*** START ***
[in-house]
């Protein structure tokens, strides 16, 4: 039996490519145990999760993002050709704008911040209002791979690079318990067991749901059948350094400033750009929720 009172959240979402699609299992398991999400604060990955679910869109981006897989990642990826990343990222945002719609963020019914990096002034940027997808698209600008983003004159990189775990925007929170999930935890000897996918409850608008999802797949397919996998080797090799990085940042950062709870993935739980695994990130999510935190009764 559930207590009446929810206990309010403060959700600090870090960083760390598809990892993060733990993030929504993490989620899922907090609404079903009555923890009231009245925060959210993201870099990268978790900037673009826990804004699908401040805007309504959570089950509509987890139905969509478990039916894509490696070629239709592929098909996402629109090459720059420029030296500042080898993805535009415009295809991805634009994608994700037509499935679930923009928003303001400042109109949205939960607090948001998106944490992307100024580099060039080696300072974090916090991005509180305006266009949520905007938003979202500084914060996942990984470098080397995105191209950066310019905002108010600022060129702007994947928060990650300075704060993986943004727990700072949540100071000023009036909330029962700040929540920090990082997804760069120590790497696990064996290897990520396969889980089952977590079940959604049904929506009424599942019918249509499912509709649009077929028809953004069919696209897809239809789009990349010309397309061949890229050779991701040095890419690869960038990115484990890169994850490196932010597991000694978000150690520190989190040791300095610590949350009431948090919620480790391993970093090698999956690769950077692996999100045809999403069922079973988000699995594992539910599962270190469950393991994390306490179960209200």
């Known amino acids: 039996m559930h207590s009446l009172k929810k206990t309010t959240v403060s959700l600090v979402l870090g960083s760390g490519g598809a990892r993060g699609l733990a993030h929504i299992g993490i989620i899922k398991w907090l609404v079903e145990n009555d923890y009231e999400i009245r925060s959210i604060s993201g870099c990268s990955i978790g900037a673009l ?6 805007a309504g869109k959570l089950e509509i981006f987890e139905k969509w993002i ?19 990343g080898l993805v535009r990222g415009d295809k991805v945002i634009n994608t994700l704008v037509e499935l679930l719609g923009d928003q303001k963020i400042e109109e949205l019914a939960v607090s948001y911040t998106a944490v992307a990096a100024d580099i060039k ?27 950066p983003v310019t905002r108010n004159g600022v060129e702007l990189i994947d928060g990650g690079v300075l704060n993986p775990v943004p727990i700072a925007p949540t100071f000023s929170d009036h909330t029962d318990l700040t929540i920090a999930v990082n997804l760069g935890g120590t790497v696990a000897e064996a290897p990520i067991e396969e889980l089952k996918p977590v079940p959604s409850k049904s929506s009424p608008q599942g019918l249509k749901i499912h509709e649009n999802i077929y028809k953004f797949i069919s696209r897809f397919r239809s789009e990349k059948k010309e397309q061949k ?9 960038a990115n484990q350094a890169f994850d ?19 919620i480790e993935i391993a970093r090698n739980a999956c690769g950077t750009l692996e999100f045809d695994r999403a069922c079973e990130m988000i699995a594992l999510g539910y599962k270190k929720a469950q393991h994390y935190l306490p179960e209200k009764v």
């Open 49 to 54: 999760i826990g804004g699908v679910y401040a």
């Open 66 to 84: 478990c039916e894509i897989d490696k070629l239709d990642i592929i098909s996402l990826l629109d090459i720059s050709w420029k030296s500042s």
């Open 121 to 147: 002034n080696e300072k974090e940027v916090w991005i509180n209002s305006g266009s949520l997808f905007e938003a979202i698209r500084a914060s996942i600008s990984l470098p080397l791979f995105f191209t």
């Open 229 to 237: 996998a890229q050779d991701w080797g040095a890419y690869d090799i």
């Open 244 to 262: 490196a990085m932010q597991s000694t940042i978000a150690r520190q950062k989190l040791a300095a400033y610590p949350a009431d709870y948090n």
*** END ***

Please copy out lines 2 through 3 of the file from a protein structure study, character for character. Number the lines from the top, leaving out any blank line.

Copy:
């Protein structure tokens, strides 16, 4: 039996490519145990999760993002050709704008911040209002791979690079318990067991749901059948350094400033750009929720 009172959240979402699609299992398991999400604060990955679910869109981006897989990642990826990343990222945002719609963020019914990096002034940027997808698209600008983003004159990189775990925007929170999930935890000897996918409850608008999802797949397919996998080797090799990085940042950062709870993935739980695994990130999510935190009764 559930207590009446929810206990309010403060959700600090870090960083760390598809990892993060733990993030929504993490989620899922907090609404079903009555923890009231009245925060959210993201870099990268978790900037673009826990804004699908401040805007309504959570089950509509987890139905969509478990039916894509490696070629239709592929098909996402629109090459720059420029030296500042080898993805535009415009295809991805634009994608994700037509499935679930923009928003303001400042109109949205939960607090948001998106944490992307100024580099060039080696300072974090916090991005509180305006266009949520905007938003979202500084914060996942990984470098080397995105191209950066310019905002108010600022060129702007994947928060990650300075704060993986943004727990700072949540100071000023009036909330029962700040929540920090990082997804760069120590790497696990064996290897990520396969889980089952977590079940959604049904929506009424599942019918249509499912509709649009077929028809953004069919696209897809239809789009990349010309397309061949890229050779991701040095890419690869960038990115484990890169994850490196932010597991000694978000150690520190989190040791300095610590949350009431948090919620480790391993970093090698999956690769950077692996999100045809999403069922079973988000699995594992539910599962270190469950393991994390306490179960209200």
């Known amino acids: 039996m559930h207590s009446l009172k929810k206990t309010t959240v403060s959700l600090v979402l870090g960083s760390g490519g598809a990892r993060g699609l733990a993030h929504i299992g993490i989620i899922k398991w907090l609404v079903e145990n009555d923890y009231e999400i009245r925060s959210i604060s993201g870099c990268s990955i978790g900037a673009l ?6 805007a309504g869109k959570l089950e509509i981006f987890e139905k969509w993002i ?19 990343g080898l993805v535009r990222g415009d295809k991805v945002i634009n994608t994700l704008v037509e499935l679930l719609g923009d928003q303001k963020i400042e109109e949205l019914a939960v607090s948001y911040t998106a944490v992307a990096a100024d580099i060039k ?27 950066p983003v310019t905002r108010n004159g600022v060129e702007l990189i994947d928060g990650g690079v300075l704060n993986p775990v943004p727990i700072a925007p949540t100071f000023s929170d009036h909330t029962d318990l700040t929540i920090a999930v990082n997804l760069g935890g120590t790497v696990a000897e064996a290897p990520i067991e396969e889980l089952k996918p977590v079940p959604s409850k049904s929506s009424p608008q599942g019918l249509k749901i499912h509709e649009n999802i077929y028809k953004f797949i069919s696209r897809f397919r239809s789009e990349k059948k010309e397309q061949k ?9 960038a990115n484990q350094a890169f994850d ?19 919620i480790e993935i391993a970093r090698n739980a999956c690769g950077t750009l692996e999100f045809d695994r999403a069922c079973e990130m988000i699995a594992l999510g539910y599962k270190k929720a469950q393991h994390y935190l306490p179960e209200k009764v």